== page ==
Under the backdrop of a public health emergency and the White House pressuring Congress to pass drug pricing legislation, CMS on March 11 unveiled a new Innovation Center model that it expects will lower out-of-pocket (OOP) insulin costs by roughly 65% for enrollees of participating Part D plans. Nevertheless, health policy experts say the model is rather limited and likely won’t drive a fundamental shift in Part D drug pricing.
Under the five-year Part D Senior Savings Model, CMS will test a change to the Manufacturer Coverage Gap Discount Program by waiving current rules for supplemental benefits used to reduce cost sharing in the coverage gap and enabling Part D sponsors to offer enhanced alternative plan benefit packages (PBPs) that feature “standard, predictable” copayments through all phases of the Part D benefit up to catastrophic coverage. Participation from manufacturers and plans is voluntary. Innovation Center head Amy Bassano, during a March 12 webinar, said CMS recognizes that plans and other stakeholders are busy addressing the coronavirus outbreak (see story, above), but the agency is hoping for “robust participation and interest…given how critical it is to ensure that our seniors have access to insulin.”
In the week or so leading up to the U.S. declaring a national emergency, Medicare Advantage and other insurers’ early response to the new coronavirus outbreak included waiving cost sharing related to testing, allowing early prescription refills and expanding access to and encouraging the use of telehealth services. But as more cases were confirmed in the U.S. — leading to school closures, restaurants shutting down, increased telework and so on — and conflicting messages came out of the White House, insurers at press time were having to take extra steps to protect the health of their most vulnerable members.
The World Health Organization on March 11 declared the coronavirus outbreak a pandemic. (The full name of the virus, which originated in China in late 2019, is SARS-CoV-2. The virus causes COVID-19, which stands for coronavirus disease 2019.) As of March 18, there were 7,038 known cases and 97 related deaths in the U.S., according to the Centers for Disease Control and Prevention. Symptoms include fever, cough and breathing trouble; older adults and people with serious chronic medical conditions are believed to be at higher risk for complications.
✦ CMS’s 2019 Medicare Parts C and D program audits resulted in civil monetary penalties amounting to nearly $1.2 million imposed on six organizations, according to CMP notices posted at www.cms.gov. The agency in a memo dated Feb. 28 released the audit scores of the 13 organizations that underwent 2019 program audits, with scores ranging from 0 to 1.74 (the lower the score, the better the performance). Outside of the program audit process, CMS barred Medicare Advantage and Prescription Drug Plan operator Delaware Life Insurance Co. from marketing and enrollment activities and imposed a CMP on Miami-based Solis Health Plans, Inc. for failing to ensure that its agents and brokers followed Medicare marketing rules during the 2019 Annual Election Period. View all the notices at https://go.cms.gov/2x1Q7vP.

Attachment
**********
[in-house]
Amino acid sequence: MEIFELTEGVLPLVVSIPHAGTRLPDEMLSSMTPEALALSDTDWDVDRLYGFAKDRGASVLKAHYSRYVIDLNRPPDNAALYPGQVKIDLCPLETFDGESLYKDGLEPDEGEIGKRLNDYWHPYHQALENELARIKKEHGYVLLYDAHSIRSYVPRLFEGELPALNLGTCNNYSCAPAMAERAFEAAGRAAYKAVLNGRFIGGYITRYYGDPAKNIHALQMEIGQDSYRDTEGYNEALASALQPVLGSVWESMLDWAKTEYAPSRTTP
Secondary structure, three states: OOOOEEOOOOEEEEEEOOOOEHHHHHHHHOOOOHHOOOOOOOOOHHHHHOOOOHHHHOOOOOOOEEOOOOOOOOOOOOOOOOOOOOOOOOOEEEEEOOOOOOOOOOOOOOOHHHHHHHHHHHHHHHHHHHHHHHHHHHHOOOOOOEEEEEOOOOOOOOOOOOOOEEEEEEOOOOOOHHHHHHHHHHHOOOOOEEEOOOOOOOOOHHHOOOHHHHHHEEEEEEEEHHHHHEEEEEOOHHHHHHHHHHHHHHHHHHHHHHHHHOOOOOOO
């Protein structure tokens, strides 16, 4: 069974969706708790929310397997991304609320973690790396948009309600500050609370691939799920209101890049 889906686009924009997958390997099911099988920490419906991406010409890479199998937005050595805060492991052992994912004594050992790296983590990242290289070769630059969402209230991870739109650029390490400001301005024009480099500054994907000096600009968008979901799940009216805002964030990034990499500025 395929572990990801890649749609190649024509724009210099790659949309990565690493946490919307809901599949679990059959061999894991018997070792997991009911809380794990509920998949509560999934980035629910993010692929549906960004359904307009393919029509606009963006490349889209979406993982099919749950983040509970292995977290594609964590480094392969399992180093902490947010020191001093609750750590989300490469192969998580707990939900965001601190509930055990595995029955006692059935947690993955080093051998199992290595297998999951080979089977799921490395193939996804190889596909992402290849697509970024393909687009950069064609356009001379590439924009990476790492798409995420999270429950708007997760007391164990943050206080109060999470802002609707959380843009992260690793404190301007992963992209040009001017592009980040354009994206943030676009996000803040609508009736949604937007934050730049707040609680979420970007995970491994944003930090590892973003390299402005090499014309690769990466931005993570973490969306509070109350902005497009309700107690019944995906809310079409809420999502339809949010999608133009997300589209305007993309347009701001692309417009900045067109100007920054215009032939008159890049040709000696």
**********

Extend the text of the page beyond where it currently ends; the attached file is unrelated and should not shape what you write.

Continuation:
✦ After two cycles of marketing Medicare Advantage plans during the Annual Election Period, Mutual of Omaha has decided to sell its MA businesses to Essence Healthcare, sister company of Lumeris. According to a Feb. 24 press release from Essence and Lumeris, Essence will acquire the two Mutual of Omaha subsidiaries that offer MA plans in the Cincinnati, Dallas, Denver, El Paso and San Antonio markets. Lumeris has served as an operating partner to Mutual of Omaha since 2018 and operates MA plans under the Essence Healthcare brand (RMA 4/5/18, p. 1). The companies did not disclose financial terms of the deal, which is expected to close by mid-2020, and declined to provide additional details when queried by AIS Health. According to AIS’s Directory of Health Plans, Mutual of Omaha had 2,416 total enrollees in MA plans in Colorado, Kentucky, Ohio and Texas as of February, compared with 920 members this time last year, when it served just the Cincinnati and San Antonio markets. Contact Lumeris spokesperson Marcus Gordon at firstname.lastname@example.org.
In the midst of a financial turnaround, Molina Healthcare, Inc. impressed analysts with its fourth-quarter and full-year 2019 earnings reported on Feb. 10. Namely, the company reported a better-than-expected medical loss ratio (MLR) of 86.0%, which it attributed to improvements in the Medicaid business.
That fourth-quarter 2019 MLR was a slight increase from 85.1% for the fourth quarter of 2018, but Molina attributed that to a heightened MLR in its Affordable Care Act exchange business and said the company’s Medicaid MLR improved sequentially by 80 basis points to 87.3%. The overall MLR was 20 basis points below Wall Street consensus and 10 points below Evercore ISI’s expectation, pointed out securities analyst Michael Newshel on Feb. 10. For the year ending Dec. 31, 2019, the company’s Medicaid MLR was 88.0%, compared with 90.0% in 2018, “due to improvement in all programs.”
The majority of publicly traded insurers reporting fourth-quarter and full-year 2019 earnings over the last month identified government business as a significant earnings contributor, with momentum from the recent Medicare Advantage open enrollment period carrying that growth into 2020.
Reporting its first full year of earnings with Aetna Inc., CVS Health Corp. on Feb. 12 said that acquisition was the main driver of consolidated growth of 32% to nearly $256.8 billion. Total revenues in the company’s Health Care Benefits segment continued to benefit from strong membership in government products, said Eva Boratto, CVS Health chief financial officer, during a conference call to discuss recent earnings.
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